Titled the “More Beds, Better Care Act,” Bill 7’s provisions came into effect on September 21st, 2022. The Bill is part of the larger plan outlined earlier to ease pressures on the healthcare system and emergency departments by freeing up hospital beds. Fundamentally, the Bill amends the FLTCA, with respect to patients requiring an alternate level of care. A new provision is added for patients occupying a public hospital bed who are designated as ALC, authorizing certain actions to be carried out without the consent of these patients. The amendments allow a placement coordinator (assigned by the attending clinician) to perform the following action authorized by the attending clinician:

·        Determine the patient’s eligibility for a LTC home

·        Select a LTC home in accordance with the geographic restrictions that are prescribed by regulations 

·        Provide the licensee of an LTC home with the assessments conducted by the attending clinician to determine ALC eligibility, and a patient’s personal health information

·        Authorize the ALC patient’s admission to a home

Implications: Consent, Vulnerability & Costs

It is noteworthy that the placement coordinator cannot perform the actions outlined above without first making a reasonable effort to obtain consent from the patient. Likewise, the amendment brought forth by Bill 7 does not authorize the use of restraints in order to carry out the actions or the physical transfer of an ALC patient to a LTC home without their consent. Despite this, the amendment does allow the placement coordinator to make decisions and take actions without the ALC’s consent, only if a “reasonable effort to obtain consent” has been made. With no clarifications in the Bill regarding what a “reasonable effort” entails, regulations may be the only safeguard against forced removal from the hospital.

An ALC patient is given two options once the placement coordinator authorizes their admission into a LTC home and the attending clinician discharges the patient: move into that LTC home, or face a daily charge of $400 as of November 20th, 2022. Geographically, the assigned LTC home could be as far as 70km from the patient’s home community in southern Ontario, and 150km in northern Ontario. This presents a genuine concern for patients and families who wish to remain in close proximity to each other.

Although Bill 7 was welcomed by some Ontario hospitals as aims to reduce overflow, many critics argued that moving the elderly into LTC homes away from families could significantly impact their mental and physicalhealth. While the effect of the law remains unclear, ALC patients and families are expected to bear the burden of its implementation.

Responses: Healthcare Advocates, Medical Associations and Families

In support of the government’s new plan, Anthony Dale, the president of the Ontario Health Association (OHA), says: “Ontario’s hospitals are rapidly becoming the health-care provider of last resort for thousands of people who actually need access to home care, long-term care and other services. This is not appropriate for thesepatients.”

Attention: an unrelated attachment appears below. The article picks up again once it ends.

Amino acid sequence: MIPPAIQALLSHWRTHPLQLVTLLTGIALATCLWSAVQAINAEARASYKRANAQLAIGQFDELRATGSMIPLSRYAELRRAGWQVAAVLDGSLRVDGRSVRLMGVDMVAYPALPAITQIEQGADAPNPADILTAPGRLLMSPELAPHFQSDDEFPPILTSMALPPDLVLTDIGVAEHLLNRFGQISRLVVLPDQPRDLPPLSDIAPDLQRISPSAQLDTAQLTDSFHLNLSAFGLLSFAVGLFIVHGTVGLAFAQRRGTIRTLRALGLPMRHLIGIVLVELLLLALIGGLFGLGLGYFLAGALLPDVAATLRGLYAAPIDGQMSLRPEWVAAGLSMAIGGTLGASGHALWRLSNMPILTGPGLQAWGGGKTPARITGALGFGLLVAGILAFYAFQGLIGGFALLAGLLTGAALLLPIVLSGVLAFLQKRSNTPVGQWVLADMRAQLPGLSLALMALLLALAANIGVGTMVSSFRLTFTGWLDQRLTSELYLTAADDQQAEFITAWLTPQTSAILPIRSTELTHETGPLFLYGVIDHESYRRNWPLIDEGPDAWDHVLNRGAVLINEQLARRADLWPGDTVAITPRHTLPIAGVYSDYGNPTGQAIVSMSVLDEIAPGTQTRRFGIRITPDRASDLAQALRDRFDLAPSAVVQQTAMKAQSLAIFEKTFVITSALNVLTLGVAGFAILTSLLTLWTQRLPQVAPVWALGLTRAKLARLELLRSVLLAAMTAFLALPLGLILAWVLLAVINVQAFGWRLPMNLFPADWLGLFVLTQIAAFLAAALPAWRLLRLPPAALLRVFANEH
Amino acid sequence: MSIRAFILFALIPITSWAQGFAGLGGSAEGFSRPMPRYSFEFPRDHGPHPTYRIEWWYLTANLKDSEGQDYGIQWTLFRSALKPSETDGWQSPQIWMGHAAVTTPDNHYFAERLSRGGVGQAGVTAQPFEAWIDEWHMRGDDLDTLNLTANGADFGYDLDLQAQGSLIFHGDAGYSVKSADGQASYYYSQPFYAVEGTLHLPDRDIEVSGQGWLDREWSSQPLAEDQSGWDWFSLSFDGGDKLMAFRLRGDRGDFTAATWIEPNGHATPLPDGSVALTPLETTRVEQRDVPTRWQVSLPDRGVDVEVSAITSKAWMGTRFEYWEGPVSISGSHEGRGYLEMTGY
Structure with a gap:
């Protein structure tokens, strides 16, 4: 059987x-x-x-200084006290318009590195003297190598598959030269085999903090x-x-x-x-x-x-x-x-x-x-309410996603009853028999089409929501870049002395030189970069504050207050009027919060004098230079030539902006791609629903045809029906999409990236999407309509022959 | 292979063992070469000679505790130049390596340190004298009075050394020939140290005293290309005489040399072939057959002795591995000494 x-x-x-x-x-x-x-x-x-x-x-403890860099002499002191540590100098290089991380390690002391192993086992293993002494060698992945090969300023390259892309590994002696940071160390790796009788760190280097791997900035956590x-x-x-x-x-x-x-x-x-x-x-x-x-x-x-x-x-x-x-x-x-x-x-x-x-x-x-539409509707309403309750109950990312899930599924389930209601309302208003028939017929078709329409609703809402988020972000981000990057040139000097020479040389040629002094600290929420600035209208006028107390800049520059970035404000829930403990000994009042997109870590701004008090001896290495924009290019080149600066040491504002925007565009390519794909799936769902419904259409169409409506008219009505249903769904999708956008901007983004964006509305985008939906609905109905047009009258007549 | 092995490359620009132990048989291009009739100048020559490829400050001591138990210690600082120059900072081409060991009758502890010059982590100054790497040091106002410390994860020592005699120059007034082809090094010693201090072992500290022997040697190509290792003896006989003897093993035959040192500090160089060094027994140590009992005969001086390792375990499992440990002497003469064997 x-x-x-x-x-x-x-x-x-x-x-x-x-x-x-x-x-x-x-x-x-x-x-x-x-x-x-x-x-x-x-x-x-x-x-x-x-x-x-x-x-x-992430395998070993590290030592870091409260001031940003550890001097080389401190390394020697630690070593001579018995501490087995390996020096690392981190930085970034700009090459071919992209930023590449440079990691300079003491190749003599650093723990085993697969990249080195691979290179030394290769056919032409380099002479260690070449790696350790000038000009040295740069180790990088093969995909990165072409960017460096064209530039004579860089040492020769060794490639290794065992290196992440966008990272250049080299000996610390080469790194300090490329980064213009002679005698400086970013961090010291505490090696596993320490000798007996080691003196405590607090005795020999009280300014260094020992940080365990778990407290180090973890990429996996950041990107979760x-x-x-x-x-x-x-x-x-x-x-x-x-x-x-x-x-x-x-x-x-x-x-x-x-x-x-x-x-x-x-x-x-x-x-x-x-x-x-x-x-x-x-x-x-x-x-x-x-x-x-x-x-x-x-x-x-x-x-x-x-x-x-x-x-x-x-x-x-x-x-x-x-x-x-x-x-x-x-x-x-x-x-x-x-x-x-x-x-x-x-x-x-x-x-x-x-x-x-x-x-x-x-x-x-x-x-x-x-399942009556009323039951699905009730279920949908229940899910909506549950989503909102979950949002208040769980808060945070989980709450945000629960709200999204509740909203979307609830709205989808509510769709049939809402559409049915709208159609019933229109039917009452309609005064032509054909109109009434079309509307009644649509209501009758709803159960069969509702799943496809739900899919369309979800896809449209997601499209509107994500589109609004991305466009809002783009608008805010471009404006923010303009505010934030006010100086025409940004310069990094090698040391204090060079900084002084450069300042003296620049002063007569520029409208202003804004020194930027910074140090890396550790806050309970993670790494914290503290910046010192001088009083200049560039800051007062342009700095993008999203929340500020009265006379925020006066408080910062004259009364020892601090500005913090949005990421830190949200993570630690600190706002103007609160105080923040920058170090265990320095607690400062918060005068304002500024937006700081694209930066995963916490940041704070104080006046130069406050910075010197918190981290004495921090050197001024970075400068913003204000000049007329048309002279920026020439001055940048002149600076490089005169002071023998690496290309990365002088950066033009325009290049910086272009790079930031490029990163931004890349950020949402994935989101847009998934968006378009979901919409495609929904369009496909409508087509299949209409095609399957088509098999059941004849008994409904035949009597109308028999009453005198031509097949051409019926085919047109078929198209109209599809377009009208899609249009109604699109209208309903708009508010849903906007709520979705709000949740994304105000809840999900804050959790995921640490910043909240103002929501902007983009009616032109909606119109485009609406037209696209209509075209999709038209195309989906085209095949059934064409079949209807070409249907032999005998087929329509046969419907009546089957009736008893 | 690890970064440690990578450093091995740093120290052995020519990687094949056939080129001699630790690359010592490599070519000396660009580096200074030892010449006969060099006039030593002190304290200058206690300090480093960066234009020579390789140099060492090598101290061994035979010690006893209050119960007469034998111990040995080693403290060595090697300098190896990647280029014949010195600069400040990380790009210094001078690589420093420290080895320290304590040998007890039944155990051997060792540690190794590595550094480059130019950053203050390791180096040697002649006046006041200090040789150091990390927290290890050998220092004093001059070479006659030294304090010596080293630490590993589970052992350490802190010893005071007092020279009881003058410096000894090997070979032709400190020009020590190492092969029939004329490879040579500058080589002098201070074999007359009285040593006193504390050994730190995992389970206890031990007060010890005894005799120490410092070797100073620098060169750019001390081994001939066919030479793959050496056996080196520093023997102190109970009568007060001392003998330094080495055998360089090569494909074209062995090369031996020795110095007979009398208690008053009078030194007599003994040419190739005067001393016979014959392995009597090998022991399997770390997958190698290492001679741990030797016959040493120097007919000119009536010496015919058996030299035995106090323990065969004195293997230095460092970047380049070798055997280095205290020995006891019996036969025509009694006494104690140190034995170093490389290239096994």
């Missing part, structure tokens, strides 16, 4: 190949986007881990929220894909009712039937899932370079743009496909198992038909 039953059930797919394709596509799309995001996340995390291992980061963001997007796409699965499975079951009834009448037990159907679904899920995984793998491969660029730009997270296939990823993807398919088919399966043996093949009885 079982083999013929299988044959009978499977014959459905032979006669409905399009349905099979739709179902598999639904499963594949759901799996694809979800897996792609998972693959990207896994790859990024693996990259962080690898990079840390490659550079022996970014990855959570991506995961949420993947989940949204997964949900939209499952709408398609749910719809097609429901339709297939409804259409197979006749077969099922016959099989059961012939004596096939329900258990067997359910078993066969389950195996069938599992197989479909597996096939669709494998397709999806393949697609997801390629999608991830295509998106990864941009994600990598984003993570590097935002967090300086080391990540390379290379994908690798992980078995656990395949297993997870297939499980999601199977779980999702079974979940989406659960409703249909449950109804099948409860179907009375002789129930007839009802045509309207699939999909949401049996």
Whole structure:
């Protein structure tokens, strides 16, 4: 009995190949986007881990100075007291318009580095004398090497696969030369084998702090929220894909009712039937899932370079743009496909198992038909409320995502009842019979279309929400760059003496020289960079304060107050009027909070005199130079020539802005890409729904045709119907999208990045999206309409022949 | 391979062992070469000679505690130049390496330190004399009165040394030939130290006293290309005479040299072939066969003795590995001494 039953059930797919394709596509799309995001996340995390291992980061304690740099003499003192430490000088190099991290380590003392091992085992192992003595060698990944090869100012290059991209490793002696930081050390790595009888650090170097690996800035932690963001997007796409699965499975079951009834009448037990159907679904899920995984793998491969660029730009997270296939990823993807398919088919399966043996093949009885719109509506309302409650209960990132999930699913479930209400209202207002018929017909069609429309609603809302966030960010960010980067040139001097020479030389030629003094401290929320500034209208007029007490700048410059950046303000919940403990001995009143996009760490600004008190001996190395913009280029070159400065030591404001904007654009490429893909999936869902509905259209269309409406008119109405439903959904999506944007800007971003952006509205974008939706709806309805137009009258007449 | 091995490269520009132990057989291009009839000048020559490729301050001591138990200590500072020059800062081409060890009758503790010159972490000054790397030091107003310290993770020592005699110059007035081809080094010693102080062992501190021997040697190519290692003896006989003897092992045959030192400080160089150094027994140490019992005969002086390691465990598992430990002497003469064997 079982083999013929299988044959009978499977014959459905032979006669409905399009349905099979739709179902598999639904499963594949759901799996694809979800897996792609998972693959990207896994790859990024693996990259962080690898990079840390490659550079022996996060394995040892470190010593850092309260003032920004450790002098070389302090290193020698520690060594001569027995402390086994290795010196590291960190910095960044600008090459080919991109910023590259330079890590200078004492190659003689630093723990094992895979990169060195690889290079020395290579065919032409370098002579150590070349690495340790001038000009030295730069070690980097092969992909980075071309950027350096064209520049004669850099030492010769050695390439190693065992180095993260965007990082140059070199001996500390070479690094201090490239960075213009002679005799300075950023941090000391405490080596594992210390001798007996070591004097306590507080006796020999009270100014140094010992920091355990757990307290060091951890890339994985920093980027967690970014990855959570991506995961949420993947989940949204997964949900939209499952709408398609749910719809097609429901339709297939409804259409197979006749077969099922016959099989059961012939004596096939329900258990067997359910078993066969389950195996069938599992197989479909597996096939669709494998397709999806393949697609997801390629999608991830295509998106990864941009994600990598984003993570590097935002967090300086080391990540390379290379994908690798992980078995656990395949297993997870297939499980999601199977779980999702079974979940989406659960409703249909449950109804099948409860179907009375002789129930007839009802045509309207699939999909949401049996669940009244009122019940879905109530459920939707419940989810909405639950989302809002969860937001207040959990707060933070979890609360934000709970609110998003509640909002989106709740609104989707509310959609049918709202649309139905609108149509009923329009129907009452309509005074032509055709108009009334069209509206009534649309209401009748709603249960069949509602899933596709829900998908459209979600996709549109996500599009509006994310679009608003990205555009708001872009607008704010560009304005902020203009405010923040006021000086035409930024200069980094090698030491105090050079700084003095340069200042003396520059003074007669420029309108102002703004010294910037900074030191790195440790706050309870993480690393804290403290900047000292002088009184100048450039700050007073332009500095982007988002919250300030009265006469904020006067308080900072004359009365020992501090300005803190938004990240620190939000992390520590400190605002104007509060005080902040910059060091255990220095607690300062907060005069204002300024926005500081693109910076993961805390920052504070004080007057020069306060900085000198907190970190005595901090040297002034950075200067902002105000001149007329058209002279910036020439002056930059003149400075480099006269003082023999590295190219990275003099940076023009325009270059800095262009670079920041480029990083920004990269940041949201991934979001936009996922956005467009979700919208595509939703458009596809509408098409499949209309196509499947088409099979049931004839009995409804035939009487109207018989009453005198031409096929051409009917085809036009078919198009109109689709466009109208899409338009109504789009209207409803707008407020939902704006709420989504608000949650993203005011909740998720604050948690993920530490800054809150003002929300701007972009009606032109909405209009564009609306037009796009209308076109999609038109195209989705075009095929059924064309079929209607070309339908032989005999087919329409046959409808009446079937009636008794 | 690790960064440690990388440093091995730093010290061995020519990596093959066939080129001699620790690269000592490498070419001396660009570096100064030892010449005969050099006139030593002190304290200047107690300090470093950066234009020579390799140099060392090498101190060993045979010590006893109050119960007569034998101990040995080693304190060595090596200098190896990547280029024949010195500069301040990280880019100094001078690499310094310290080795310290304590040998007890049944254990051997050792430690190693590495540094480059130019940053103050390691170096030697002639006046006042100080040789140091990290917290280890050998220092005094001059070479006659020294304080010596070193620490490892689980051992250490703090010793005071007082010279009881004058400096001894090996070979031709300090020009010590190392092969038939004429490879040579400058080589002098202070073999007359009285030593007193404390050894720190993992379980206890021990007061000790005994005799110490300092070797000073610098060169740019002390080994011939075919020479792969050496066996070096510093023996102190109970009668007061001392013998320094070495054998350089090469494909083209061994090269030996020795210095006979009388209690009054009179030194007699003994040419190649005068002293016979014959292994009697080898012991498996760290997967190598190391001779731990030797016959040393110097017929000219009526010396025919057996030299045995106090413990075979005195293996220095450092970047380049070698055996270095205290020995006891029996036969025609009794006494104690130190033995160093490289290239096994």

The Ontario Medical Association president, Dr. Rose Zacharias, shared similar sentiments:

“We, as Ontario’s physicians, understand and appreciate that in times of health care system crisis, difficult decisions are required and will be made.”

She adds, however: “We hope that these regulations would be implemented with flexibility, with compassion, with an understanding that patients do better when they are surrounded by their loved ones and caregivers…These are difficult decisions. And we will always advocate for the very best well-being of our patients, as decisions like this are being made. “

Many hospitals across the Greater Toronto Area support the legislation as an “important tool to ensure patients are receiving the right care, in the right place.” Some claim that they have yet to use and will unlikely use the powers conferred by the Bill.

A significant criticism relates to the government’s decision to bypass public hearings in order to pass the Bill quickly. In doing so, the general public, healthcare advocates and those primarily affected could not voice their concerns about the detrimental effects of this Bill.

Healthcare advocates also describe the Bill as fundamentally discriminatory against the elderly. In fact, the Ontario Health Coalition and the Advocacy Center for the Elderly are in the process of preparing a potentialConstitutional challenge against the Bill. With the challenge almost underway, it will be interesting to see the strategy behind arguing the Bill’s violation of Sections 7 and 15 of the Charter of Rights and Freedoms.

Peter Soliman is a Junior Online Editor of the McGill Journal of Law and Health with a keen interest in access to medical care and mental health. He is currently in his first year of the BCL/JD program at McGill University’s Faculty of Law. Prior to starting law school, he completed a Bachelor of Health Sciences with a Children’s Health Specialization at McMaster University.